Many of the issues the Unilever Sustainable Living Plan seeks to address fall outside our direct control, so we need to engage governments and many others to create an environment that is supportive of meeting the big sustainability and health challenges the world faces and to do so with a sense of urgency. Reaching our Plan’s targets depends on the quality of our relationships with a range of people and organisations that have a stake in our business.
With some, such as our customers, employees, suppliers and investors, the relationship is based on direct engagement or financial involvement with the business. Others, such as governments and regulators, local communities, civil society organisations, academics and individual concerned citizens, have a wider interest in what we do and in our impacts on society and the environment.
Across all our activities we seek to engage with stakeholders to help us reach our Sustainable Living Plan targets, identify issues of concern, guide our strategy and reporting and provide feedback on specific areas of activity. Working in partnership is crucial in developing and delivering some of our major commitments.
How do we deal with issues?
Engaging with our stakeholders is a critical part of the way we manage issues across our business. Our products are on sale in over 190 countries and we operate in an increasingly interconnected world. We have put in place a governance model underpinned by a Crisis Prevention and Response standard and issues management guidelines.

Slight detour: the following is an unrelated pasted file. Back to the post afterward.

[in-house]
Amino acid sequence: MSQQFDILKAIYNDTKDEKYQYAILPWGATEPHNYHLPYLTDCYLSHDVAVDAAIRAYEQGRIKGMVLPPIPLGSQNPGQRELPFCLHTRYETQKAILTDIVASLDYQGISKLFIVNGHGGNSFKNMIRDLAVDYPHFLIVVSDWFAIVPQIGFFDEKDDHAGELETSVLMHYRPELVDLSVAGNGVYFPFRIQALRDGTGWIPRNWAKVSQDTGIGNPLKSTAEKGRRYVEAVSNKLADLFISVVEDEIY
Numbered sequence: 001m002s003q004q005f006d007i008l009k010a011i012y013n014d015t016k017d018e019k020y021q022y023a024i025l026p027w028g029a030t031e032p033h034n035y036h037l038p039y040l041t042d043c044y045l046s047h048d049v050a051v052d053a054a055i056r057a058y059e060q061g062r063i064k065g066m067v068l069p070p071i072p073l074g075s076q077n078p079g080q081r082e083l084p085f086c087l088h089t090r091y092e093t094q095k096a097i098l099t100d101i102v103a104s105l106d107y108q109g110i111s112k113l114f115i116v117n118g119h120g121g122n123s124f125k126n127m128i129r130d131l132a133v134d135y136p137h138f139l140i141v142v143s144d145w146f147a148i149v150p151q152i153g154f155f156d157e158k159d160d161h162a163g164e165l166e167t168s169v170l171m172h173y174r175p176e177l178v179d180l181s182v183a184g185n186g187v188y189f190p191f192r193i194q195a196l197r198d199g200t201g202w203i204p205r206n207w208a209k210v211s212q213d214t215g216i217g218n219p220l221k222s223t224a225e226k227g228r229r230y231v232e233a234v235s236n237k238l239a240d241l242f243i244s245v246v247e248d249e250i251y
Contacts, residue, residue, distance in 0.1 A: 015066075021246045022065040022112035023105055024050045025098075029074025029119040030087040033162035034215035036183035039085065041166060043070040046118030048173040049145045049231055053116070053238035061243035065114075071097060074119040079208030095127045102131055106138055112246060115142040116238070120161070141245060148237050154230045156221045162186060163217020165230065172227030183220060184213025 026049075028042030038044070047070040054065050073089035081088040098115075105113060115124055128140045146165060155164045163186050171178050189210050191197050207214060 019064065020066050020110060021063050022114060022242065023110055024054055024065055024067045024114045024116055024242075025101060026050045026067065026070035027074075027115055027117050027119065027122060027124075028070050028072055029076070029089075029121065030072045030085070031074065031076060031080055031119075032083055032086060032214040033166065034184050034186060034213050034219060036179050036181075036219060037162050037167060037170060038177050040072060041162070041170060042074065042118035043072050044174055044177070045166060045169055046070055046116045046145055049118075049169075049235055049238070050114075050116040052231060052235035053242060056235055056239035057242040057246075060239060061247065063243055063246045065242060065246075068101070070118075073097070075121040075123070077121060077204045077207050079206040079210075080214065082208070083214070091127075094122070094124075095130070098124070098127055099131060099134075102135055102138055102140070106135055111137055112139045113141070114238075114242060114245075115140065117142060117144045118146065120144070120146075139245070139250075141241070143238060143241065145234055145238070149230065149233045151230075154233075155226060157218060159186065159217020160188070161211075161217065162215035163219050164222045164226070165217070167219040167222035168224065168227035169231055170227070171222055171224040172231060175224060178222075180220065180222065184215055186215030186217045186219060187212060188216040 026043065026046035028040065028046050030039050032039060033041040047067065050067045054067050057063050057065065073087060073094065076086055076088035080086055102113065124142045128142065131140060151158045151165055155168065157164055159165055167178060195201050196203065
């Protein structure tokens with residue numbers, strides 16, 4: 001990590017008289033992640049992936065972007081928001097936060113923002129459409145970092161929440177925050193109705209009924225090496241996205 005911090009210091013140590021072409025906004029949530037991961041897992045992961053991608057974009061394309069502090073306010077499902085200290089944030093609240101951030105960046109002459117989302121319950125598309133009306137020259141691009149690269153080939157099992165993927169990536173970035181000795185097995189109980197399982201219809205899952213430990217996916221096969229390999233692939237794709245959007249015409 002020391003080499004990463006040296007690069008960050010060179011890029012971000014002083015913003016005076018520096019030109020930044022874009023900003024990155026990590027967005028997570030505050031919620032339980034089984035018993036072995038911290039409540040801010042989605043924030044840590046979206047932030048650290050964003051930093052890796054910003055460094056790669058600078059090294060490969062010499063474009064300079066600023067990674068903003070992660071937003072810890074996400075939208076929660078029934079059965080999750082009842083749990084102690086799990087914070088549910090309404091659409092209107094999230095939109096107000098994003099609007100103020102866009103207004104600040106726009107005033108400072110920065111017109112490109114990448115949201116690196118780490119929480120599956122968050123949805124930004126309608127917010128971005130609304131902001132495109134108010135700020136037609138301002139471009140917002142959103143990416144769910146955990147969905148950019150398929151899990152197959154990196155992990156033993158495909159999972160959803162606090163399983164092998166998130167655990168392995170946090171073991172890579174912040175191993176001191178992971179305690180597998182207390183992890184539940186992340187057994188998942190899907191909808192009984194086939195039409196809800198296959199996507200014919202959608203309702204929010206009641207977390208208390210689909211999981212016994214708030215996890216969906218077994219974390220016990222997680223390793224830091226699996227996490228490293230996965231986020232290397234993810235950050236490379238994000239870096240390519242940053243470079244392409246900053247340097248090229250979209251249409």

Issues management in Unilever has three building blocks:
- monitoring and listening;
- planning for potential impacts; and
- acting fast but thoroughly and in a co-ordinated way.
We assess issues on the basis of their potential impact on our brands; our business and reputation; and the probability of occurrence. Our assessment is increasingly guided by the commitments in our Sustainable Living Plan.
How do we engage with our stakeholders?
The variety of our relationships means we engage in different ways, depending on the nature of the interest, the relevance to the business and the most practical way to meet stakeholders' specific needs and expectations.
Inspiring people to change their behaviour is central to meeting many of the goals in our Sustainable Living Plan. For example we need to encourage people to wash their hands with soap at the right times or wash their clothes at lower temperatures. Our brand teams are in continuous conversation with our consumers to understand their diverse tastes, needs and trends. We operate consumer carelines, provide information about our business, brands and their campaigns through many websites, and conduct detailed consumer research to understand people’s habits and attitudes.